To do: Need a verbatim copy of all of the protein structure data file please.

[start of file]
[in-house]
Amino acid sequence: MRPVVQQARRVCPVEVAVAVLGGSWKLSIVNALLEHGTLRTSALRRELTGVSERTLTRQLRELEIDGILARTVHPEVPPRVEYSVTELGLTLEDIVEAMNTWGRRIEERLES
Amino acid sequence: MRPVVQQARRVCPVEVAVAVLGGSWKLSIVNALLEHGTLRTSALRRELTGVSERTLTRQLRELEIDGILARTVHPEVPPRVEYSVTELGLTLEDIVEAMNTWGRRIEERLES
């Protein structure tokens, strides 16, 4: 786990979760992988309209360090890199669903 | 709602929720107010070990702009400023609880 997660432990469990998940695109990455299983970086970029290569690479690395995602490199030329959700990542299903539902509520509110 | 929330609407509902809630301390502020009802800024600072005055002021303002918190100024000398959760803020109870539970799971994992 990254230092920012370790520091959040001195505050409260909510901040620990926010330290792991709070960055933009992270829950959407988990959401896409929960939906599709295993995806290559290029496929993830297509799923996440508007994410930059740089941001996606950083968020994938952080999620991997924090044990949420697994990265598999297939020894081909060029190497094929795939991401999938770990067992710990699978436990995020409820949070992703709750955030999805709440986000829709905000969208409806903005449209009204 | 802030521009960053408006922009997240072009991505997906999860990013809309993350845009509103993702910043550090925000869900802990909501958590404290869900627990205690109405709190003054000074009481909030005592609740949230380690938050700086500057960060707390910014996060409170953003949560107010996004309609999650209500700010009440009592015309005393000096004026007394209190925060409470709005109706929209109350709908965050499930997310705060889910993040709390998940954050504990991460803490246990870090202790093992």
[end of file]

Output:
[in-house]
Amino acid sequence: MRPVVQQARRVCPVEVAVAVLGGSWKLSIVNALLEHGTLRTSALRRELTGVSERTLTRQLRELEIDGILARTVHPEVPPRVEYSVTELGLTLEDIVEAMNTWGRRIEERLES
Amino acid sequence: MRPVVQQARRVCPVEVAVAVLGGSWKLSIVNALLEHGTLRTSALRRELTGVSERTLTRQLRELEIDGILARTVHPEVPPRVEYSVTELGLTLEDIVEAMNTWGRRIEERLES
């Protein structure tokens, strides 16, 4: 786990979760992988309209360090890199669903 | 709602929720107010070990702009400023609880 997660432990469990998940695109990455299983970086970029290569690479690395995602490199030329959700990542299903539902509520509110 | 929330609407509902809630301390502020009802800024600072005055002021303002918190100024000398959760803020109870539970799971994992 990254230092920012370790520091959040001195505050409260909510901040620990926010330290792991709070960055933009992270829950959407988990959401896409929960939906599709295993995806290559290029496929993830297509799923996440508007994410930059740089941001996606950083968020994938952080999620991997924090044990949420697994990265598999297939020894081909060029190497094929795939991401999938770990067992710990699978436990995020409820949070992703709750955030999805709440986000829709905000969208409806903005449209009204 | 802030521009960053408006922009997240072009991505997906999860990013809309993350845009509103993702910043550090925000869900802990909501958590404290869900627990205690109405709190003054000074009481909030005592609740949230380690938050700086500057960060707390910014996060409170953003949560107010996004309609999650209500700010009440009592015309005393000096004026007394209190925060409470709005109706929209109350709908965050499930997310705060889910993040709390998940954050504990991460803490246990870090202790093992």